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Proc Natl Acad Sci U S A. 2018 May 1;115(18):4583-4588. doi: 10.1073/pnas.1716772115. Epub 2018 Apr 16.

Mechanisms of sampling interstitial fluid from skin using a microneedle patch.

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School of Chemical and Biomolecular Engineering, Georgia Institute of Technology, Atlanta, GA 30332.
School of Chemical and Biomolecular Engineering, Georgia Institute of Technology, Atlanta, GA 30332


Although interstitial fluid (ISF) contains biomarkers of physiological significance and medical interest, sampling of ISF for clinical applications has made limited impact due to a lack of simple, clinically useful techniques that collect more than nanoliter volumes of ISF. This study describes experimental and theoretical analysis of ISF transport from skin using microneedle (MN) patches and demonstrates collection of >1 µL of ISF within 20 min in pig cadaver skin and living human subjects using an optimized system. MN patches containing arrays of submillimeter solid, porous, or hollow needles were used to penetrate superficial skin layers and access ISF through micropores (µpores) formed upon insertion. Experimental studies in pig skin found that ISF collection depended on transport mechanism according to the rank order diffusion < capillary action < osmosis < pressure-driven convection, under the conditions studied. These findings were in agreement with independent theoretical modeling that considered transport within skin, across the interface between skin and µpores, and within µpores to the skin surface. This analysis indicated that the rate-limiting step for ISF sampling is transport through the dermis. Based on these studies and other considerations like safety and convenience for future clinical use, we designed an MN patch prototype to sample ISF using suction as the driving force. Using this approach, we collected ISF from human volunteers and identified the presence of biomarkers in the collected ISF. In this way, sampling ISF from skin using an MN patch could enable collection of ISF for use in research and medicine.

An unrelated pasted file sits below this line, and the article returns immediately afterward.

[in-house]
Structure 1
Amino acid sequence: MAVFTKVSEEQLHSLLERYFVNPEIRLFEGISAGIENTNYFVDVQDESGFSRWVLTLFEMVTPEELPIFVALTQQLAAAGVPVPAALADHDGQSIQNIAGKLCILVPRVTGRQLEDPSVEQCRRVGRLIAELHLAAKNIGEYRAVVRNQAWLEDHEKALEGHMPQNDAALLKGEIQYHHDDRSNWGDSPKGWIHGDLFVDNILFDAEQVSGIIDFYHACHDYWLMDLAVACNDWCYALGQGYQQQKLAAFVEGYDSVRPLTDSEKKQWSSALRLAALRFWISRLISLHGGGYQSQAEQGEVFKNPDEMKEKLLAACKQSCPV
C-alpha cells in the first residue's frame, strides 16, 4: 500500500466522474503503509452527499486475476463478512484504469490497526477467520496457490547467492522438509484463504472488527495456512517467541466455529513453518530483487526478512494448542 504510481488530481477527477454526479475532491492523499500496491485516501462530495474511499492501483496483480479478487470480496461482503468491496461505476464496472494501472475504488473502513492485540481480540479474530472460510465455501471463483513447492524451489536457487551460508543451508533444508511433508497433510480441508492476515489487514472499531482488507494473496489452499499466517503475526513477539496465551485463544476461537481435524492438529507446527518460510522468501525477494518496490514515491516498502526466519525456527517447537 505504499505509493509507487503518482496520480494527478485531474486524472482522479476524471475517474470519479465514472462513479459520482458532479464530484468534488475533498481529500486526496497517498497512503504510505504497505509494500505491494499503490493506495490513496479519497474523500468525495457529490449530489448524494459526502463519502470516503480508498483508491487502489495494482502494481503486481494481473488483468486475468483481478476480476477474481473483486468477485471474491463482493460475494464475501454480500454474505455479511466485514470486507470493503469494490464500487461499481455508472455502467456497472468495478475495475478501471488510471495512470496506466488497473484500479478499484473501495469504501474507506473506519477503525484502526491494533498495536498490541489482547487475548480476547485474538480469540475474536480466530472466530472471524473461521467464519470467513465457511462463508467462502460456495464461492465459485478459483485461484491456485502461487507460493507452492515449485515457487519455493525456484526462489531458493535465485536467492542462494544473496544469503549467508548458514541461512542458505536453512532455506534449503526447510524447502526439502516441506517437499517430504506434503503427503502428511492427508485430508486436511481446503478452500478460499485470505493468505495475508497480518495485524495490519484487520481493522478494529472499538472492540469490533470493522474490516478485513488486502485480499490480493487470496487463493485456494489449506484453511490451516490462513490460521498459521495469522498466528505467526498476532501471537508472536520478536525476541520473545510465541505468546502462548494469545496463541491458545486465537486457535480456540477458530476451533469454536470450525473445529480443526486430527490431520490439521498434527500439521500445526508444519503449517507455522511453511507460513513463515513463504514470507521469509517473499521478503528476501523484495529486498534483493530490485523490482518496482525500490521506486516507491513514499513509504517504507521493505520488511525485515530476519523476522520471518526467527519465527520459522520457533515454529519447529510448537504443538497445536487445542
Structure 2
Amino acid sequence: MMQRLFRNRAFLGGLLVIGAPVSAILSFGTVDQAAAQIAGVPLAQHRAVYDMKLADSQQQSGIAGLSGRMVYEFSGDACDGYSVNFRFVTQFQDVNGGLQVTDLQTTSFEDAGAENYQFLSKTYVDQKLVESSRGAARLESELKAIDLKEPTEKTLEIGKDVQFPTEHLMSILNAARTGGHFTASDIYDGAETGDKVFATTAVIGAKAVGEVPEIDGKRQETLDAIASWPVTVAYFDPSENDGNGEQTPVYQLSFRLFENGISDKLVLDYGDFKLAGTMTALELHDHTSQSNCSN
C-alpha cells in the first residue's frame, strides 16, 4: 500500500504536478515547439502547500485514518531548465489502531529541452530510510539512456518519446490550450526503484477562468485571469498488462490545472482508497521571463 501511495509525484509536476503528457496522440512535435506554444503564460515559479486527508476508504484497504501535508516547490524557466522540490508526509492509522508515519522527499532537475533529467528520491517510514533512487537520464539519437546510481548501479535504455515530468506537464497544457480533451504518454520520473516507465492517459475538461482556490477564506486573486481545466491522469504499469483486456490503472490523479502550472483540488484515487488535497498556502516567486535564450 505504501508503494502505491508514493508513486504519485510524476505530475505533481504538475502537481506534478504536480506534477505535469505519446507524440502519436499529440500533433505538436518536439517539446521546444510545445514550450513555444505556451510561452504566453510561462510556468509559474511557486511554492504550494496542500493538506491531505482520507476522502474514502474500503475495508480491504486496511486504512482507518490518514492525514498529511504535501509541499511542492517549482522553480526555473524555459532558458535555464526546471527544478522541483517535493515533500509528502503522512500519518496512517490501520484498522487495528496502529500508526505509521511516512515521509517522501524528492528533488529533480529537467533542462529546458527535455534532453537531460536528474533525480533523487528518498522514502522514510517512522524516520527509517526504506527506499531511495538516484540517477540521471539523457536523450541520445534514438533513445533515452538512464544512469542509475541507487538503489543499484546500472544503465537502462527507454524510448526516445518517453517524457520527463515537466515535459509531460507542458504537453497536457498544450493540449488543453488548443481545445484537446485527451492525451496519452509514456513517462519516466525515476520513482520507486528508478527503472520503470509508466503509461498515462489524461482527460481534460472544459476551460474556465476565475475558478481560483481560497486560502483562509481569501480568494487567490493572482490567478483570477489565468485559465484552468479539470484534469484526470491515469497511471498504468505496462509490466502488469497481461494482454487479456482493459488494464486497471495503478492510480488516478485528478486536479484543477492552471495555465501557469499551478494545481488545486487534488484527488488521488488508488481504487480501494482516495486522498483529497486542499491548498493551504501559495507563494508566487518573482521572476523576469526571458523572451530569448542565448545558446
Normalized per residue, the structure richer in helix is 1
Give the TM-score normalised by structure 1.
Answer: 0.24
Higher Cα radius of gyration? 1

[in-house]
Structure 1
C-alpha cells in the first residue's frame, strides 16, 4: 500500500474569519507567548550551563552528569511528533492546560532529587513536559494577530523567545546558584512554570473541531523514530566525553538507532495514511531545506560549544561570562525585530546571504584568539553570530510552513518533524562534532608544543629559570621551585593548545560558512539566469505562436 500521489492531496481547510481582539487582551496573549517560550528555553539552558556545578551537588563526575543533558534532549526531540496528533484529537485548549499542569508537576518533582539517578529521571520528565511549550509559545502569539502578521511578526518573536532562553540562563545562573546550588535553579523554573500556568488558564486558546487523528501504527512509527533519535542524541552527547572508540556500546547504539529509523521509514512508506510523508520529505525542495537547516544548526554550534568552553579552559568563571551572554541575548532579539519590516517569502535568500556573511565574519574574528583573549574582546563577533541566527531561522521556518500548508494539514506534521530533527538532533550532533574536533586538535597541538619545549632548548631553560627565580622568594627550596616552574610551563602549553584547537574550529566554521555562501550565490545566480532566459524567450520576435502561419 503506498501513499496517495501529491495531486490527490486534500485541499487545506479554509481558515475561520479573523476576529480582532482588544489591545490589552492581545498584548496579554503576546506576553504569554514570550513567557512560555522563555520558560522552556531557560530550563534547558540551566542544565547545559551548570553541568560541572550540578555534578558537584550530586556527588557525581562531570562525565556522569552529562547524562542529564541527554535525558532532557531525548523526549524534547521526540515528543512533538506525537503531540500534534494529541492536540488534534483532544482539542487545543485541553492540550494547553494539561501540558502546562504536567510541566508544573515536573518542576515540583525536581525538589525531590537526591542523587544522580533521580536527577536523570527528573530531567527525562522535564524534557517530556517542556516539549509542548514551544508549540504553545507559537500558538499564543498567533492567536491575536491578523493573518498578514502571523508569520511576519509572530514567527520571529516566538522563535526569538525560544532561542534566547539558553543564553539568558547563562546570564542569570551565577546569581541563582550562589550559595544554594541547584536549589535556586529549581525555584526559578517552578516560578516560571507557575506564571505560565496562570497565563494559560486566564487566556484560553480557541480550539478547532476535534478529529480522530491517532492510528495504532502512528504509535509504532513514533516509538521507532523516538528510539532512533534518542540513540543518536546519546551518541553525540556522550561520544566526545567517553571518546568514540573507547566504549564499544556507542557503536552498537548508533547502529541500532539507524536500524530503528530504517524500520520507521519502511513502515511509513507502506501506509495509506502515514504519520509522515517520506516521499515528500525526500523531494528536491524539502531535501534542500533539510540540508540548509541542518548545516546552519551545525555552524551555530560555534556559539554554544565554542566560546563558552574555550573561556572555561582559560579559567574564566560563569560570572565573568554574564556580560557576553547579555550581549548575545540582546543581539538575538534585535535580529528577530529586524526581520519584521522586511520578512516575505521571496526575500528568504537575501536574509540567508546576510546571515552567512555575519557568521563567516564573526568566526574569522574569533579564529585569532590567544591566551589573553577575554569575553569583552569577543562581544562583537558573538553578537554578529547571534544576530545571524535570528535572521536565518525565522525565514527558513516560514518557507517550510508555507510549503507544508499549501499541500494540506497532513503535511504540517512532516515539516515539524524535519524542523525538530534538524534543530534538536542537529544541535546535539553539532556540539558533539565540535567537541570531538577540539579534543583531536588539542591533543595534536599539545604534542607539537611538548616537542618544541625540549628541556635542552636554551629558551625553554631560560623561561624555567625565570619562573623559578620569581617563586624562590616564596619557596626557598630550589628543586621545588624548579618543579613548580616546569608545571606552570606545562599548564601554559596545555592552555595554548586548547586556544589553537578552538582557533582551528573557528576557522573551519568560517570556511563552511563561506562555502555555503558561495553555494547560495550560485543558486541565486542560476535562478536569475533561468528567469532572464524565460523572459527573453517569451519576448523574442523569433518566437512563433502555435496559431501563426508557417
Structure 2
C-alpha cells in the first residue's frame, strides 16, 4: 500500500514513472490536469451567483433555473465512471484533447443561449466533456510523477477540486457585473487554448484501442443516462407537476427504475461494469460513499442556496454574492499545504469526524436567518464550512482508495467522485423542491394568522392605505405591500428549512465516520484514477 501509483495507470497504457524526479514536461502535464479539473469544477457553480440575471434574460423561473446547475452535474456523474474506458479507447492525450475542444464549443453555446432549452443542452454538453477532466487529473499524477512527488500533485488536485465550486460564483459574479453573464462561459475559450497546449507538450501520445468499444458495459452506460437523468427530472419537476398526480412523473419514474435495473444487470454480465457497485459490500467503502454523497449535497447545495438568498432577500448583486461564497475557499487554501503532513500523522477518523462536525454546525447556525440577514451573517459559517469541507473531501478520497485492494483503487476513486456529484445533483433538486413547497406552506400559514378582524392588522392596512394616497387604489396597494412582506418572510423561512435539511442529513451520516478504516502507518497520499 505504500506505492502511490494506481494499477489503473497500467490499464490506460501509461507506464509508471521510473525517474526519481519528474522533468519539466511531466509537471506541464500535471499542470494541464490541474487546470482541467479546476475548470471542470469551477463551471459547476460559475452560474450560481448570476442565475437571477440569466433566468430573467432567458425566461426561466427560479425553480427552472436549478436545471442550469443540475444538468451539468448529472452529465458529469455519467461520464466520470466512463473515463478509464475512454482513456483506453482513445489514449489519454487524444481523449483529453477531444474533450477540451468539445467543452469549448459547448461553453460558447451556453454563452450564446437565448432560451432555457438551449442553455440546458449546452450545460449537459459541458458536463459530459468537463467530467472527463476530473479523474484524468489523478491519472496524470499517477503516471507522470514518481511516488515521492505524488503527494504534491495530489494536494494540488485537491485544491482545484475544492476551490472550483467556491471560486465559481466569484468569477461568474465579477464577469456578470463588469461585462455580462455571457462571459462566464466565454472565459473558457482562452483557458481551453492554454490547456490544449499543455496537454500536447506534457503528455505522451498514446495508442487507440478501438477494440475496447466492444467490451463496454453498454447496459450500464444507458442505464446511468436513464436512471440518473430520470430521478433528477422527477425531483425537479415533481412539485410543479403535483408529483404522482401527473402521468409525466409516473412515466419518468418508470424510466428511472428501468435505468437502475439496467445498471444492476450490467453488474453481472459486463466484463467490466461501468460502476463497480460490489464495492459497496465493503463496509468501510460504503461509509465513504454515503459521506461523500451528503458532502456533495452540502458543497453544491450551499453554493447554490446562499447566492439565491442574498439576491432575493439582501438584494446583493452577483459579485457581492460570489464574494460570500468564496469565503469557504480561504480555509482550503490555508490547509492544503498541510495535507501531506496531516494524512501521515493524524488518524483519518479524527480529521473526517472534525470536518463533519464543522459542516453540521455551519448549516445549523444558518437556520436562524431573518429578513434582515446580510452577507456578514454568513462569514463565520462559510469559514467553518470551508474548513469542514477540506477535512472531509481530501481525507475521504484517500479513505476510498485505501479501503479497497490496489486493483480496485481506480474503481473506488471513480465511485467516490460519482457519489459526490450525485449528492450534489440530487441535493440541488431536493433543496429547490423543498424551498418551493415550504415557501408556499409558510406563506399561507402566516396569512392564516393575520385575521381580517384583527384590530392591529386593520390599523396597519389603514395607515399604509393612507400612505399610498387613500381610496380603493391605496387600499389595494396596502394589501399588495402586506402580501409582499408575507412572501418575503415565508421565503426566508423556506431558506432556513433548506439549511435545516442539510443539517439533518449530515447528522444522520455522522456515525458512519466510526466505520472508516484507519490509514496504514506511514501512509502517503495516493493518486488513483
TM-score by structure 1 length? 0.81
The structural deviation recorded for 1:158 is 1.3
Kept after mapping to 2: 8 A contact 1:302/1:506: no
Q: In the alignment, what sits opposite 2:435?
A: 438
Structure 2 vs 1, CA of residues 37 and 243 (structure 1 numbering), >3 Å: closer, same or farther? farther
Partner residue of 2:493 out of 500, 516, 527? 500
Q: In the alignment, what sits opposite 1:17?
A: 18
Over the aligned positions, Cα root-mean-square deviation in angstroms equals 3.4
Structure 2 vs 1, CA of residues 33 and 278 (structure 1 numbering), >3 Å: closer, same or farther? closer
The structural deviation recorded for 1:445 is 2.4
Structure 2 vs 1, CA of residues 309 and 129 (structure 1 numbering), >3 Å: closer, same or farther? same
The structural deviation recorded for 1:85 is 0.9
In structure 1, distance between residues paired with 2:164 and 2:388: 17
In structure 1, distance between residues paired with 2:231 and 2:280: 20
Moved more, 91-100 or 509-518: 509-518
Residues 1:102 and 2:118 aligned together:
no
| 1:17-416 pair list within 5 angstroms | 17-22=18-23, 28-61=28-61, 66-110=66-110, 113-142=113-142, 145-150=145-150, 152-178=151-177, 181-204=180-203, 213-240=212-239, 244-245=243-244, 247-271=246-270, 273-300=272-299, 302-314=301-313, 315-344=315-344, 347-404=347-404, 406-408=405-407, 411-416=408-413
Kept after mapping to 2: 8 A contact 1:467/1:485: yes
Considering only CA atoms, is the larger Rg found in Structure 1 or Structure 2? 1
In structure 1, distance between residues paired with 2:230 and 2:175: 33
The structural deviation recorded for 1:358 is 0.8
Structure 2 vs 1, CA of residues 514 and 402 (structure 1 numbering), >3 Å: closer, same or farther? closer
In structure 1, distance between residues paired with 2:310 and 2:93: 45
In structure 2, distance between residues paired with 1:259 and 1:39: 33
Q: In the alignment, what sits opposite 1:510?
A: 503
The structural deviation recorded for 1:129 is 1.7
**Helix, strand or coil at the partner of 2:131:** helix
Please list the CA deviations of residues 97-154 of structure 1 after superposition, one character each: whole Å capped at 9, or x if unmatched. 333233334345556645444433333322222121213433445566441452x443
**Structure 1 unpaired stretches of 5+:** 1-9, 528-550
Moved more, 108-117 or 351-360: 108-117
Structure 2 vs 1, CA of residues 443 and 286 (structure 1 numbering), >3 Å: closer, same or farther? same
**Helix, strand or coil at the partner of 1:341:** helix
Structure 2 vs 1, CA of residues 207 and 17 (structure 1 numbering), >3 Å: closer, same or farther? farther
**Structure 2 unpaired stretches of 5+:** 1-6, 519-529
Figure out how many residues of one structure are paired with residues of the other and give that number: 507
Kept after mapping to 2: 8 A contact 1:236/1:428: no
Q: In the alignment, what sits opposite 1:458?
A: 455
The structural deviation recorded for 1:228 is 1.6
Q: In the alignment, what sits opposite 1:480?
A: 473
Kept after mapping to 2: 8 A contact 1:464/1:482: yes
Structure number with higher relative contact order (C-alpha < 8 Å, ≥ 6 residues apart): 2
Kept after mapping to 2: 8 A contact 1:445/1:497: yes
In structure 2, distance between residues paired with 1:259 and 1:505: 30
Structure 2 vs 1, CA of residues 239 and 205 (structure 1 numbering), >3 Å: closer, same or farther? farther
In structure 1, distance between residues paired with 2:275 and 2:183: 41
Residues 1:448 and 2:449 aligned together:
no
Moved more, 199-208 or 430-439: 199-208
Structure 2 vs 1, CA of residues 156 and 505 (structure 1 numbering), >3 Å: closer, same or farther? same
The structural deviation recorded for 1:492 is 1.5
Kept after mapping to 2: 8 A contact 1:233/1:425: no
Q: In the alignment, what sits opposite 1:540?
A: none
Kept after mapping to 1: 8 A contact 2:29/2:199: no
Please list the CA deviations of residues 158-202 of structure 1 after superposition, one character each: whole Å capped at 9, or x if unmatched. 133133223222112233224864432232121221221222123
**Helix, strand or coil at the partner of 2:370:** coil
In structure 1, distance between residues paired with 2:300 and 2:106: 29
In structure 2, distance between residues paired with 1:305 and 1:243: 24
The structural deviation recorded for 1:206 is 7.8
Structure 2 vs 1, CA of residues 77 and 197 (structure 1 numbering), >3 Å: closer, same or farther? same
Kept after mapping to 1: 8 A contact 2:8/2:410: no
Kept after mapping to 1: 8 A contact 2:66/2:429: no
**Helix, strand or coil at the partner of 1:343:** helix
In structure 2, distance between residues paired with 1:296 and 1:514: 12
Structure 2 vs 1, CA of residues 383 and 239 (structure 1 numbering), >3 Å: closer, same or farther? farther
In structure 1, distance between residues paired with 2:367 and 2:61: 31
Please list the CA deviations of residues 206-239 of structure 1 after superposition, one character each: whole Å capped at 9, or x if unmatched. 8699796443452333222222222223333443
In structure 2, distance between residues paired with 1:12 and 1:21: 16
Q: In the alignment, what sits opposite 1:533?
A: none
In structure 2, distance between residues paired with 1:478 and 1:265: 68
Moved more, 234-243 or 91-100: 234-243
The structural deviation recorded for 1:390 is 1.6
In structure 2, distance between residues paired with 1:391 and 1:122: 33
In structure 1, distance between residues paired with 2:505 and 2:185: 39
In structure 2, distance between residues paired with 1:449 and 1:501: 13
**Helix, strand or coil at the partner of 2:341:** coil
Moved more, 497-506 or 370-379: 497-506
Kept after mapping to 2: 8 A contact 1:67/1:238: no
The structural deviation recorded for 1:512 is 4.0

biomarker; dermal interstitial fluid sampling; medical diagnostics; microneedle patch; skin

[Available on 2018-11-01]
[Indexed for MEDLINE]

Conflict of interest statement

Conflict of interest statement: M.R.P. is an inventor of patents that have been licensed to companies developing microneedle-based products, is a paid advisor to companies developing microneedle-based products, and is a founder/shareholder of companies developing microneedle-based products. This potential conflict of interest has been disclosed and is managed by Georgia Institute of Technology and Emory University.

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